Consider this, your friend's car breaks down, and he asks you to borrow yours. Like a good friend, you lend him your keys. A couple hours later you find out he was pulled over with drugs in the vehicle. You are not charged with a crime, but next thing you know, you get a notice from the State that it is seeking to forfeit your vehicle. Welcome to the little understood world of civil asset forfeiture, the legality of which the United States Supreme Court will consider next month.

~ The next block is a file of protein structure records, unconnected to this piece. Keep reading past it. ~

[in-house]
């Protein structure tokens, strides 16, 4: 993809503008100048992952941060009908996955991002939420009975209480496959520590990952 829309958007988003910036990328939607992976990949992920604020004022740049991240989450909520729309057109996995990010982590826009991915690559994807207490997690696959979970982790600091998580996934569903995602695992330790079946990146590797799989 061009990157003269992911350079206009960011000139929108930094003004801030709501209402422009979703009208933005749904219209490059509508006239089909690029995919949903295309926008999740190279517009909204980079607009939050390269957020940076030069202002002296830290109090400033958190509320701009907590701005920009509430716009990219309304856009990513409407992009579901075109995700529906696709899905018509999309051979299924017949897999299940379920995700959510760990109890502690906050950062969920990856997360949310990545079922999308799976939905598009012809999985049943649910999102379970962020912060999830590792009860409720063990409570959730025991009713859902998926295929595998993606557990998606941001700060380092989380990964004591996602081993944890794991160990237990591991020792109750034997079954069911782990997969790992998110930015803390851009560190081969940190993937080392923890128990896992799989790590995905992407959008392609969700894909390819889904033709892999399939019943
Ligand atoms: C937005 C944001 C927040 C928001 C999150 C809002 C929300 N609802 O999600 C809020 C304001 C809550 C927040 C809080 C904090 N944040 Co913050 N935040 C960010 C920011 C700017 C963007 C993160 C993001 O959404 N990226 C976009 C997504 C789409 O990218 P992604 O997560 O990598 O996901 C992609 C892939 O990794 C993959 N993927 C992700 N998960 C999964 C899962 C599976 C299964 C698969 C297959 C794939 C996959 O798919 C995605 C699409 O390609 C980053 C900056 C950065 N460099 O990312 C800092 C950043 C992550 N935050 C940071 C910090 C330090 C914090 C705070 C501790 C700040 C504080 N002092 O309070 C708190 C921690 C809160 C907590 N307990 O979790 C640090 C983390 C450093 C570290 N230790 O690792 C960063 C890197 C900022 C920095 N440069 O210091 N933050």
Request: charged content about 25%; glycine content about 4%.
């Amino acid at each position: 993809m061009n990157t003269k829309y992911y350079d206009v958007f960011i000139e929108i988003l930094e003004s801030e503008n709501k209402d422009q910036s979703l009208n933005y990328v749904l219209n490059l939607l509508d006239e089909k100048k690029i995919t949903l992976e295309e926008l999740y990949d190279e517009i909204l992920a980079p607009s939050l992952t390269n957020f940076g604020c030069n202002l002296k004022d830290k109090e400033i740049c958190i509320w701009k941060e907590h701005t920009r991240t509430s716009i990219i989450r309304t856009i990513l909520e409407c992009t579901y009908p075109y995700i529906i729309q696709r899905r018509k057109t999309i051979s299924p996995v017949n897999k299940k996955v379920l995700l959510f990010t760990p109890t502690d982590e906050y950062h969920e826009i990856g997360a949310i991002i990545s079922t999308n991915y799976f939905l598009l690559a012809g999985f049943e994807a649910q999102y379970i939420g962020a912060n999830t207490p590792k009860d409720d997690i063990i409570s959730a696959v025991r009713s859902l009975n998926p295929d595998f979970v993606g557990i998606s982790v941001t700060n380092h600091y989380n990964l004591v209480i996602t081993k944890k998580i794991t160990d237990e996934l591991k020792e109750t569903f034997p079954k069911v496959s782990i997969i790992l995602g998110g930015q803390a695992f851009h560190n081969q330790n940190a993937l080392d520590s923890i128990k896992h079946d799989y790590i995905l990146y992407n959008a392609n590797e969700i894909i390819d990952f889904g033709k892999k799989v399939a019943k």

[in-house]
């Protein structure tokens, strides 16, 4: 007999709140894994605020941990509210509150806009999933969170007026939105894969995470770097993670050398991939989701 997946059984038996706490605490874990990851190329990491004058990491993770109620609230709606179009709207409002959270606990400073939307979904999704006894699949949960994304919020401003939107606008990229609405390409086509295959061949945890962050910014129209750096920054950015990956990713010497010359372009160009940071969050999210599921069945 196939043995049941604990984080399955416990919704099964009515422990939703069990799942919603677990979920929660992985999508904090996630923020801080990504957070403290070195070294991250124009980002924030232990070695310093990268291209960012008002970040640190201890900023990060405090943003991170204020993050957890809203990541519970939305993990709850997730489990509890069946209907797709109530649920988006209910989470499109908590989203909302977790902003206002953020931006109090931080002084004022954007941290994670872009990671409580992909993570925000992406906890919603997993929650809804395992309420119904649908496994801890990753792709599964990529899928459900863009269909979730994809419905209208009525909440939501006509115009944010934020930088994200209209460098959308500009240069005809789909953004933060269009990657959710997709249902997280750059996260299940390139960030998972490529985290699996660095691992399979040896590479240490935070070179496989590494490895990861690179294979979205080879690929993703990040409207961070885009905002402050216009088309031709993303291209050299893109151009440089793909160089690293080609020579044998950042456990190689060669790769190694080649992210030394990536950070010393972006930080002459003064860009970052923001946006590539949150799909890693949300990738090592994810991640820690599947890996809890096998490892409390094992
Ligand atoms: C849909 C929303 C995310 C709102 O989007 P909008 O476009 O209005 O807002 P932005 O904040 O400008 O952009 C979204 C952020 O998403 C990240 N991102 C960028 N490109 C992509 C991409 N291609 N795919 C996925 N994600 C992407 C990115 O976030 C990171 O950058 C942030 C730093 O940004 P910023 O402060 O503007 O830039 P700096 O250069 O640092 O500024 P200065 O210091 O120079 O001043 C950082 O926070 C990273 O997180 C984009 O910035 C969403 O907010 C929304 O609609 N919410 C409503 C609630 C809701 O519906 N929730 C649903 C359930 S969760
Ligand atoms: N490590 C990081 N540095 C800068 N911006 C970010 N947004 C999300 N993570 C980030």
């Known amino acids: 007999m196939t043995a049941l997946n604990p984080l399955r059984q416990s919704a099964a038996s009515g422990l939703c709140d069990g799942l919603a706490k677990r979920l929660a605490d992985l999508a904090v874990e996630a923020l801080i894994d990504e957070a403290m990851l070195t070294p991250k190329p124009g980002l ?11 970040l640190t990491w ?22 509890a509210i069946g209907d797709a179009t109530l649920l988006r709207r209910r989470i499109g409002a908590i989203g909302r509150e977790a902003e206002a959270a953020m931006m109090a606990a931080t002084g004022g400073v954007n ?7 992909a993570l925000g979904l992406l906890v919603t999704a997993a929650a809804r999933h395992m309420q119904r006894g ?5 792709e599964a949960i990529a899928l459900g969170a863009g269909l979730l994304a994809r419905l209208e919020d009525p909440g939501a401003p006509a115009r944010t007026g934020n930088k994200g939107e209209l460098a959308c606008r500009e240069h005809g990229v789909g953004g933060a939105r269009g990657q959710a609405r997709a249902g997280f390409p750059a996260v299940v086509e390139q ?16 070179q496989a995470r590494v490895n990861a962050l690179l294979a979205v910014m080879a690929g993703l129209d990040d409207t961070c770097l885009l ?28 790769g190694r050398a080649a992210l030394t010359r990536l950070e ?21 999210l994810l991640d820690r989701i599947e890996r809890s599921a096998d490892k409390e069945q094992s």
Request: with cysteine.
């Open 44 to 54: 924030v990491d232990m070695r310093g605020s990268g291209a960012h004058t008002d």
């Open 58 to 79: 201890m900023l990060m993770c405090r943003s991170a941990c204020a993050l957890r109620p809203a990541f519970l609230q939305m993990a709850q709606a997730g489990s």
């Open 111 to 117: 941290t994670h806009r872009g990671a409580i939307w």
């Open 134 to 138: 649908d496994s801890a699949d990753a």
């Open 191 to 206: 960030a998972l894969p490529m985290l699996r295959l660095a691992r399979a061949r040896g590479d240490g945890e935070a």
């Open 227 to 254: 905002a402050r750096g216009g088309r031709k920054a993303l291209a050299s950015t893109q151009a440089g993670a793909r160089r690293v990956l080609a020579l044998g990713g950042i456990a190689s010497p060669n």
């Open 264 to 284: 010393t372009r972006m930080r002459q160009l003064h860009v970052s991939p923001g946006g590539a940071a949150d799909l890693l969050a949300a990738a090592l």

You are stopped by a police officer after leaving your favorite local North Dakota watering hole. The officer tells you he smells the odor of alcohol, inquires about your alcohol consumption, and inevitably wants you to do some field sobriety tests to see if you are "okay" to drive. After those tests, his opinion is that you aren't, and arrests you for DUI. He then takes you to the jail or police station, and reads you what is called the North Dakota Implied Consent Advisory, telling you it is a crime, and that your license will be revoked, if you refuse the breath test is he wants you to take. He then says, "will you take the chemical breath test that I am requesting?" You don't know what to do, you waver back and forth and ask the officer questions about the law regarding his request. He tells you that he can't answer those questions. Then he tells you that he needs an answer from you. What do you do?